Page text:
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Water-Soluble vs. Fat-Soluble Vitamins


Now that cold and flu season is headed our way, I'm sure many of you are filing up on your fair share of vitamin C. You've probably heard that if you take too much, you just end up passing the excess. This doesn't happen with all vitamins, only ones that are water soluble. Vitamin C and all eight B vitamins are water soluble, which means water is required for their absorption. These nine vitamins are found mostly in fruits, veggies, and grains. You need to ingest water soluble vitamins every day, because your body metabolizes what it can, and the excess is flushed out as waste when you go to the bathroom.

On the other side of the spectrum are fat-soluble vitamins. To find out how they differ from their water-soluble brethren, just read more.

Unlike water-soluble vitamins that you need to consume daily, fat-soluble vitamins are stored in your liver and fatty tissues, and are eliminated much more slowly. Vitamins A, D, E, and K are fat-soluble, and are mostly found in fatty foods such as meat, dairy, vegetable oils, and oily fish. You have to include a little fat in your diet in order to absorb fat-soluble vitamins. Since they're stored in your body, supplements of these vitamins are not really necessary. Actually if you consume excessive amounts of fat-soluble vitamins, they can be harmful to your body, so pay close attention to your diet.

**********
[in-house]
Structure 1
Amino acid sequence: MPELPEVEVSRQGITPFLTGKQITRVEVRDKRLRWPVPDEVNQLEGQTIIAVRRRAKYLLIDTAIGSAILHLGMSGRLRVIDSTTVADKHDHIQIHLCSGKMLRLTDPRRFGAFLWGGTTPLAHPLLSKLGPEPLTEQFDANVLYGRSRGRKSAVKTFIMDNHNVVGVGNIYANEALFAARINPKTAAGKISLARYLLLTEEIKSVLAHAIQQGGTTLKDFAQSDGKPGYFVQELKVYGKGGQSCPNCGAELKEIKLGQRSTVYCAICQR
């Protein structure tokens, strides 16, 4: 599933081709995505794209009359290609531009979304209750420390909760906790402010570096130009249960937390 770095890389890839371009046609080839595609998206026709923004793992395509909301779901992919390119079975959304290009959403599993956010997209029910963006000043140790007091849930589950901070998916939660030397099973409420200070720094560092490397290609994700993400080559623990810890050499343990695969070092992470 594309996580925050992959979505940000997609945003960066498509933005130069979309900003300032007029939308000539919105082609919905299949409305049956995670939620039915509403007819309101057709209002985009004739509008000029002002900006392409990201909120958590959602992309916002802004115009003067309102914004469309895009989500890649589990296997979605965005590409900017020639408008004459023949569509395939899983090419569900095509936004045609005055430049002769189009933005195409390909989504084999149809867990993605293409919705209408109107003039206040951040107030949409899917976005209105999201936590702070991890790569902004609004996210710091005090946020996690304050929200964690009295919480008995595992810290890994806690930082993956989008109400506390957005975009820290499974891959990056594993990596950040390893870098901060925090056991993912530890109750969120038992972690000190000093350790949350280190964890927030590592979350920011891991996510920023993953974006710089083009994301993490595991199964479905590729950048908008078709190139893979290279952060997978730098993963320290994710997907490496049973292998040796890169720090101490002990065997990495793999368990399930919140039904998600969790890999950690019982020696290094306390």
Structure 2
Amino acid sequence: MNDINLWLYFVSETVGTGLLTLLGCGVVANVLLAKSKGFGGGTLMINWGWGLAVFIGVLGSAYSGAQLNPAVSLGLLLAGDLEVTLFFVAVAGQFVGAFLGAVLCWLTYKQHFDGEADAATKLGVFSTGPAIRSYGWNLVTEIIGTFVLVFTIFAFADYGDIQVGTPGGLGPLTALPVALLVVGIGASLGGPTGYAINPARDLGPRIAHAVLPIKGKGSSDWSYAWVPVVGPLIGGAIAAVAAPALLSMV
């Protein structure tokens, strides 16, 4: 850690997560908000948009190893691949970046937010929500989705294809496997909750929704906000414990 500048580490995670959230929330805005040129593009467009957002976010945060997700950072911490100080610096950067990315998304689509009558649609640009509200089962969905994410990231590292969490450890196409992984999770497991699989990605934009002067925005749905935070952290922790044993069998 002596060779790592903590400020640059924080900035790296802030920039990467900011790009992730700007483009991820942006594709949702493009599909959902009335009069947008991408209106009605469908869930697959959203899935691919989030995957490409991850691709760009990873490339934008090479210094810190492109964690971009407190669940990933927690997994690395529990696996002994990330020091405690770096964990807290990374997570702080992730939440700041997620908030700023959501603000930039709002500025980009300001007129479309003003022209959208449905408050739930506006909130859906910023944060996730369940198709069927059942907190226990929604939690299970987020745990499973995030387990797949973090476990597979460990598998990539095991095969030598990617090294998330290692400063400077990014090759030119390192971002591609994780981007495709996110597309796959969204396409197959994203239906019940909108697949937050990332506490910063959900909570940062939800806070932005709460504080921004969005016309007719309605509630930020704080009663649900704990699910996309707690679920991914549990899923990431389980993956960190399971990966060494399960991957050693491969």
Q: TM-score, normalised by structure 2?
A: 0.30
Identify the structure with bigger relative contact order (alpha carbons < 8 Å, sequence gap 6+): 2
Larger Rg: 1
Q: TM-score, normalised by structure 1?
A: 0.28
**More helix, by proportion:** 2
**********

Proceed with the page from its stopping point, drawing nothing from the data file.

Fit's Tip: If you want to know how much you should be getting of each, click on the name of the vitamin above.

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